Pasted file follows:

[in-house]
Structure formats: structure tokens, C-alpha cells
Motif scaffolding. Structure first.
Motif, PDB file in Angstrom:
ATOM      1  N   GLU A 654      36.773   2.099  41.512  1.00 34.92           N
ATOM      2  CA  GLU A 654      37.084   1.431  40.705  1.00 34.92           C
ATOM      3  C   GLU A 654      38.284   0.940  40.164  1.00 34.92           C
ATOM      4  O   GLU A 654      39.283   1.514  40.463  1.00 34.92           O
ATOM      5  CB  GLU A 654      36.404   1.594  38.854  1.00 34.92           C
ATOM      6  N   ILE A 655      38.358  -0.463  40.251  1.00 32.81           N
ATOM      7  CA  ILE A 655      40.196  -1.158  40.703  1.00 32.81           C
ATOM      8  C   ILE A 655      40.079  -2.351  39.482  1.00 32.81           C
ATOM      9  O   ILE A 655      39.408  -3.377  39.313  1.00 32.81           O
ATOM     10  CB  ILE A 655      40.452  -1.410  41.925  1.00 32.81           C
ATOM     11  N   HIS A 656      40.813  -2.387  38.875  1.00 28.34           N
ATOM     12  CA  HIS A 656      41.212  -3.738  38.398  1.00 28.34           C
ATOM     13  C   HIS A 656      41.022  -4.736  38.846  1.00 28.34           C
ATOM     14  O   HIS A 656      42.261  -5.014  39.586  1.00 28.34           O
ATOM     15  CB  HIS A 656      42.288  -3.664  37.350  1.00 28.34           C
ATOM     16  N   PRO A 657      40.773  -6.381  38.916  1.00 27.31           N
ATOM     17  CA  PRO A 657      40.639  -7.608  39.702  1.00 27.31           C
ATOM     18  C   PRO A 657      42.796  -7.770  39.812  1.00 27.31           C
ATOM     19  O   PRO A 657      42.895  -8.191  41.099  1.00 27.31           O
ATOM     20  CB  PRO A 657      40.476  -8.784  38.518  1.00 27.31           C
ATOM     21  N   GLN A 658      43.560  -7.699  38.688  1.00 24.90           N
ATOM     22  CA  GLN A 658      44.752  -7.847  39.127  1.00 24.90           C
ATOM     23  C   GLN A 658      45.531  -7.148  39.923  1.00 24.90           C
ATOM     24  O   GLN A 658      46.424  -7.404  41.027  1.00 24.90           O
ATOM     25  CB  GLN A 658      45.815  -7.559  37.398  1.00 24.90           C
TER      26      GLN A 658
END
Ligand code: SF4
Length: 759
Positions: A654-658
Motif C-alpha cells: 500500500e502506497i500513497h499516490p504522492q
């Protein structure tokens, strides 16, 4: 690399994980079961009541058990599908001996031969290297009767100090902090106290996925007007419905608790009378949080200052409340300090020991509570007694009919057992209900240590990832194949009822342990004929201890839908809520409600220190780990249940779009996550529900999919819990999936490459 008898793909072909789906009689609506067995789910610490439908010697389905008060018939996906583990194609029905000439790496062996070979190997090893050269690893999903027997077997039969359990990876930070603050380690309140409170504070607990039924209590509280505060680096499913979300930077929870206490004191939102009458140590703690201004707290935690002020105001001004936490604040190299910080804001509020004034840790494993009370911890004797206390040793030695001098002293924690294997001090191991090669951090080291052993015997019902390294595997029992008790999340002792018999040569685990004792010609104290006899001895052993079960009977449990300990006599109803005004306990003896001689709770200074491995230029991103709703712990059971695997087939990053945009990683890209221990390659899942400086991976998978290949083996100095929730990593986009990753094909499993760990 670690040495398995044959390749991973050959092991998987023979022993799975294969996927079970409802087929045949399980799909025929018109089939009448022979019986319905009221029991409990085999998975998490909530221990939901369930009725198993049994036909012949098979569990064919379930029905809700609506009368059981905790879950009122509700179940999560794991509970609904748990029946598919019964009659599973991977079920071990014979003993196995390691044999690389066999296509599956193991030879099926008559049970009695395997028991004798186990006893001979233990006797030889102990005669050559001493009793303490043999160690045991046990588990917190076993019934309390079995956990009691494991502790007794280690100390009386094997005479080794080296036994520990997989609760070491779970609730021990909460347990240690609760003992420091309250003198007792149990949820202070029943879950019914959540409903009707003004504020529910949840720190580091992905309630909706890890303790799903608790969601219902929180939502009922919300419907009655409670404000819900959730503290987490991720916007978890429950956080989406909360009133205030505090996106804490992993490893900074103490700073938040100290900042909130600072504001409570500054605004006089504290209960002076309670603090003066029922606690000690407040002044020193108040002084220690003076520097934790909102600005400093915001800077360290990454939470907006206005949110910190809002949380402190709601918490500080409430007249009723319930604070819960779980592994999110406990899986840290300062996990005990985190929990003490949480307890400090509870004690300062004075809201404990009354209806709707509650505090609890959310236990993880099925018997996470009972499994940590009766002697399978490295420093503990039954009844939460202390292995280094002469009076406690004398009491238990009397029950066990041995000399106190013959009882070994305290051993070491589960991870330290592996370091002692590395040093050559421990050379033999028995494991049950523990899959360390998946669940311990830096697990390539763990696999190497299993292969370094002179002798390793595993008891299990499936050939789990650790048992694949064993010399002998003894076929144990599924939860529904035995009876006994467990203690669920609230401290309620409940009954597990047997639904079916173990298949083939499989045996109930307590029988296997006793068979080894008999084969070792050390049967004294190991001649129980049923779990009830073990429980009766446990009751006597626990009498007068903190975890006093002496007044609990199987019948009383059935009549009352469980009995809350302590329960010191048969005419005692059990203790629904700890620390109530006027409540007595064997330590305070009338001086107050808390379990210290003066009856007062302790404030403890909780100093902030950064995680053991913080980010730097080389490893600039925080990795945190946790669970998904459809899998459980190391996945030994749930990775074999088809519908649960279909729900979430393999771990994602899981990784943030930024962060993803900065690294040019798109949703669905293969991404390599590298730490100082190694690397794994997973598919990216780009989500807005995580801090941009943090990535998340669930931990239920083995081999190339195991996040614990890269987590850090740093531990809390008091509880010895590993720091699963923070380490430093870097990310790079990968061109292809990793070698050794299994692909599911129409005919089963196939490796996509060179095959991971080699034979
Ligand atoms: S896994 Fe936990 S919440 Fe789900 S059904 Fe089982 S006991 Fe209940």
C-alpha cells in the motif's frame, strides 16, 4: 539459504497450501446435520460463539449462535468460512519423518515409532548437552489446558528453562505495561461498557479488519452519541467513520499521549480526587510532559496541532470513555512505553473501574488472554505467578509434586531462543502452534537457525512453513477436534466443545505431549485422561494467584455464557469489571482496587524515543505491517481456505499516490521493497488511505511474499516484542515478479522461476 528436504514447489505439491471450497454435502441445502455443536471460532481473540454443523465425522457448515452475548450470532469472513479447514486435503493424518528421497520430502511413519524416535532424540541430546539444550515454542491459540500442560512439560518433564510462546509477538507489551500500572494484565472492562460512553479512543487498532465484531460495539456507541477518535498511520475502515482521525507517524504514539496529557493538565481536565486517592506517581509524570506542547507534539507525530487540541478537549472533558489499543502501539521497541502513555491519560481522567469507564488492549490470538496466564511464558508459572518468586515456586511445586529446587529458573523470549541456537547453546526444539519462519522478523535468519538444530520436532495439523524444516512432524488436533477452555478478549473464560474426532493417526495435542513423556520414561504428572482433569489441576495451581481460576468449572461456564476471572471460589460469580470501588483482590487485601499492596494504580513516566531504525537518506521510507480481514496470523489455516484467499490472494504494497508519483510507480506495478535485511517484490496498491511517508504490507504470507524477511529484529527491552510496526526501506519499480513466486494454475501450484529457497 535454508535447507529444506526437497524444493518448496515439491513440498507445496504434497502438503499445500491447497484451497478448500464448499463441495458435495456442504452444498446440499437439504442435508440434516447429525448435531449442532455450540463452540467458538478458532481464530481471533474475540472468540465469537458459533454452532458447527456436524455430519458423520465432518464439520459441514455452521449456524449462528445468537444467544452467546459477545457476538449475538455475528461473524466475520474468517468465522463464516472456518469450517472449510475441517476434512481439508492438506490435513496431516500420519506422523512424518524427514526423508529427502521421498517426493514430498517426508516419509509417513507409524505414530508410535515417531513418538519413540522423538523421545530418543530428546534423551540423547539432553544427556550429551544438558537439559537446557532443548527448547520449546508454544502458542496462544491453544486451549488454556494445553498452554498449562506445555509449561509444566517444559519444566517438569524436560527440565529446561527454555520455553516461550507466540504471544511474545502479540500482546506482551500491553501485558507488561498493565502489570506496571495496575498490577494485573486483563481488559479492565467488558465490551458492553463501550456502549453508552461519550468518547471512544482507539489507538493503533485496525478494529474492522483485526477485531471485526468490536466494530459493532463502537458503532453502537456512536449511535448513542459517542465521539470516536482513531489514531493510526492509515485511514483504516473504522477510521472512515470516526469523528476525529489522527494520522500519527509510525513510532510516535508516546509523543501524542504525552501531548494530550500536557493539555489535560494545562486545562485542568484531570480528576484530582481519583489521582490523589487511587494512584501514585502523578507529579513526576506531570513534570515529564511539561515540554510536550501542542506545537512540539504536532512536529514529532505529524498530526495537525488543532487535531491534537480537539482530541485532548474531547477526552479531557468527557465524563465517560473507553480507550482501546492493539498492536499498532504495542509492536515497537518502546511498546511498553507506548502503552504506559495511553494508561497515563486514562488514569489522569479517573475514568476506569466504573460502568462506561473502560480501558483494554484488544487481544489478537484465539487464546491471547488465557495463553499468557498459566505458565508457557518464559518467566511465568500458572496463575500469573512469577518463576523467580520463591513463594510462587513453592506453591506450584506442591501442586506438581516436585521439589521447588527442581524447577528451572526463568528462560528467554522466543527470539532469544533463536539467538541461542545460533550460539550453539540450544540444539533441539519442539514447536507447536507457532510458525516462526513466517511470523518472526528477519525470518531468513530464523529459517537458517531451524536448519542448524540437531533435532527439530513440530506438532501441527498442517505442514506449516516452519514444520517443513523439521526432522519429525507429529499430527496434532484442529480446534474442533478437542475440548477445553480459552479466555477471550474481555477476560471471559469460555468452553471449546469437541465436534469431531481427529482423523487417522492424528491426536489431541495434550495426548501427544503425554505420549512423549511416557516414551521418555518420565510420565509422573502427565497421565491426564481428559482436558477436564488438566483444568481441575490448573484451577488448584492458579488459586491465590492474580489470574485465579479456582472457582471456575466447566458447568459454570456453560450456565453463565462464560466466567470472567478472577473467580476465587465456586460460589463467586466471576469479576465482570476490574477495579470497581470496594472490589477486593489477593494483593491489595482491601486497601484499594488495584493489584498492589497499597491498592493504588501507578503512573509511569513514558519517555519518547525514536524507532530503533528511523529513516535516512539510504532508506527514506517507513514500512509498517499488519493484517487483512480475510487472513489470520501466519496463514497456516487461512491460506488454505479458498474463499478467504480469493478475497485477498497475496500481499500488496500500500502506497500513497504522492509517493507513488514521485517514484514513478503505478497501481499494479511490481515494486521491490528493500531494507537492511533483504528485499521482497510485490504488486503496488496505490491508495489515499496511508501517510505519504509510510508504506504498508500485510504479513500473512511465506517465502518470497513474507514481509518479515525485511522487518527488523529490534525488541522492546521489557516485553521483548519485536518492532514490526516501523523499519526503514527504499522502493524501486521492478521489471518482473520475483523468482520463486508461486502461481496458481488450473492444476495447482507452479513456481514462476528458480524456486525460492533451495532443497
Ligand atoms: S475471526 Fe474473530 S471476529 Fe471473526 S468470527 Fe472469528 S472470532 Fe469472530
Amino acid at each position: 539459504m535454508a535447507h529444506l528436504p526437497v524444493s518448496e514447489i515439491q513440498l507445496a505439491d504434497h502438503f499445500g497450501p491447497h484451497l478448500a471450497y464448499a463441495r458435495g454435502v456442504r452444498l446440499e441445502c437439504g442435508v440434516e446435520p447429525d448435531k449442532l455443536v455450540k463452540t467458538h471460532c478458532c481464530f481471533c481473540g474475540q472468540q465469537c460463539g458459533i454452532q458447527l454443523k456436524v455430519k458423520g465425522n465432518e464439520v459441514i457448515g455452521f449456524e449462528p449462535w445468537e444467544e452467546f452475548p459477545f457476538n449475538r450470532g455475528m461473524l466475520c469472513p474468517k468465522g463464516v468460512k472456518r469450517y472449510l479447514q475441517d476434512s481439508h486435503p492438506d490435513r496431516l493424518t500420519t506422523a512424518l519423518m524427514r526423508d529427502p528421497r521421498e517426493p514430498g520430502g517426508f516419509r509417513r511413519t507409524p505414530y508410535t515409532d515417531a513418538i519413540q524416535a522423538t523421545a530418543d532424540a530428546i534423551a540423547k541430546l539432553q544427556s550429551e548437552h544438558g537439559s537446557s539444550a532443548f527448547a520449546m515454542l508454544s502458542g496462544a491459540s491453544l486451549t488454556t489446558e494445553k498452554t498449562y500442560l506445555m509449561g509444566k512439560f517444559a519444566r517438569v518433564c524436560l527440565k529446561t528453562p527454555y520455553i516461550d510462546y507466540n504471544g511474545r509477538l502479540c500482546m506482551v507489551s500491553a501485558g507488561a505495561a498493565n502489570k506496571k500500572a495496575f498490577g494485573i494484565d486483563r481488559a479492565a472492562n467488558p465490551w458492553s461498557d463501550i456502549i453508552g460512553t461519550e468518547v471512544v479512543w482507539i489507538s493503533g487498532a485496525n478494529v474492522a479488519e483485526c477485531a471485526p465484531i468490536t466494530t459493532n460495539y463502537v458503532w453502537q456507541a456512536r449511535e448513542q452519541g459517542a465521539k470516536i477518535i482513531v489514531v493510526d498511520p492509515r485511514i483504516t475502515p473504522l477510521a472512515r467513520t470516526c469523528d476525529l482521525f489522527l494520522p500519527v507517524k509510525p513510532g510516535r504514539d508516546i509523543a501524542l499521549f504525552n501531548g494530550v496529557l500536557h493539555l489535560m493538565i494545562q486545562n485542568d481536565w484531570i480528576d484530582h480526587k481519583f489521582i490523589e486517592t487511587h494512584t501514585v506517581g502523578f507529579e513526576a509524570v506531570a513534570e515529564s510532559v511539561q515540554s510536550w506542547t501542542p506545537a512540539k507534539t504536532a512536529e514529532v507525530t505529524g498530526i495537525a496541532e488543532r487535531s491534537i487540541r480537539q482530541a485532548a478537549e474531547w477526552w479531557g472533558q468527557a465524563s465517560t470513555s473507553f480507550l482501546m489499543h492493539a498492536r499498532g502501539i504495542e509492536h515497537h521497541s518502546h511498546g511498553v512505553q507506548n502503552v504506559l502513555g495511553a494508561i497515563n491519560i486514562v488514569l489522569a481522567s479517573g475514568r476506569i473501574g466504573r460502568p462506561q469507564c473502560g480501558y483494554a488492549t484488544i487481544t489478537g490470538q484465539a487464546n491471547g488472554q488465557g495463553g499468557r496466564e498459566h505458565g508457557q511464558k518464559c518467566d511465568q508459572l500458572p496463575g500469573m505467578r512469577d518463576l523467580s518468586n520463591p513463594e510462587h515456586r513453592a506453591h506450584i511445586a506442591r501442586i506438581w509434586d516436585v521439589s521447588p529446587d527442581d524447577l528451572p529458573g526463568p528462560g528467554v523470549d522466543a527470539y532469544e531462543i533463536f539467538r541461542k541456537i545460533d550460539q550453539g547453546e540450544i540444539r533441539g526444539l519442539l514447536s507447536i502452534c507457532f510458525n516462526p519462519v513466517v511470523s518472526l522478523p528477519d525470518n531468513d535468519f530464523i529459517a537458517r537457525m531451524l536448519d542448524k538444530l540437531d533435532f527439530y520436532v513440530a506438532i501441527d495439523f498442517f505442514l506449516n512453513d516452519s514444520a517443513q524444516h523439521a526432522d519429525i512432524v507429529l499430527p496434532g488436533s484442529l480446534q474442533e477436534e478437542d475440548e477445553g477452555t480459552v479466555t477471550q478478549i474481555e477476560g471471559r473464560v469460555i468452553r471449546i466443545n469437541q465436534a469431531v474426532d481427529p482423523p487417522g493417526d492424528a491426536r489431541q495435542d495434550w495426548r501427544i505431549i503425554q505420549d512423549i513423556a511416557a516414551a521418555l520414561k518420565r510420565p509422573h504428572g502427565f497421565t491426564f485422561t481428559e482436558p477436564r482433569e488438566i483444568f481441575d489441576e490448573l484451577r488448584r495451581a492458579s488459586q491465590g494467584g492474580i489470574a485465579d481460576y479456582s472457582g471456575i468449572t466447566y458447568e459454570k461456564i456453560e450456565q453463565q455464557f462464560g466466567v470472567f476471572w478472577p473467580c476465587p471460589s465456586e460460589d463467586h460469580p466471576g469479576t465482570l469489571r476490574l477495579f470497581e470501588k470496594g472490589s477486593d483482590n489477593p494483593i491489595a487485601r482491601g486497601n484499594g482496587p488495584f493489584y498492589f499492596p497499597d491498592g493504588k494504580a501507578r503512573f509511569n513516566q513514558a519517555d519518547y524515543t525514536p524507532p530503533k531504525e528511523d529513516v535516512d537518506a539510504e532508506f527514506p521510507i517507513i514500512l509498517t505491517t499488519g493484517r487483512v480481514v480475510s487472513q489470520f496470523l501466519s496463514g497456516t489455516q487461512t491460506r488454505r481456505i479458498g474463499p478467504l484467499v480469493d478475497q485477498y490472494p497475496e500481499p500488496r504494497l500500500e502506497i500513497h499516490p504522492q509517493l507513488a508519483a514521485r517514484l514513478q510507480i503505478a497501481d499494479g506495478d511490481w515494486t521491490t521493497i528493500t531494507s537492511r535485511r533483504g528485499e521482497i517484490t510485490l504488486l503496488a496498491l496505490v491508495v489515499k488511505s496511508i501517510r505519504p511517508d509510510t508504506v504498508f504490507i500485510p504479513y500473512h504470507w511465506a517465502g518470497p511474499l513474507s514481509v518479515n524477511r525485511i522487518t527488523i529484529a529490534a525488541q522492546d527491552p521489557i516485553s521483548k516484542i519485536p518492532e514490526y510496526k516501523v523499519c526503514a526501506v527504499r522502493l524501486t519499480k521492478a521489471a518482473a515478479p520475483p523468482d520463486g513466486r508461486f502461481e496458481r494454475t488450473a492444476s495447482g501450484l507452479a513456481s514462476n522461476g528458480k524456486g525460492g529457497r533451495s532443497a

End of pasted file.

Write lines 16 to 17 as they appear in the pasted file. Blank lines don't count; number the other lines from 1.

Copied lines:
ATOM     12  CA  HIS A 656      41.212  -3.738  38.398  1.00 28.34           C
ATOM     13  C   HIS A 656      41.022  -4.736  38.846  1.00 28.34           C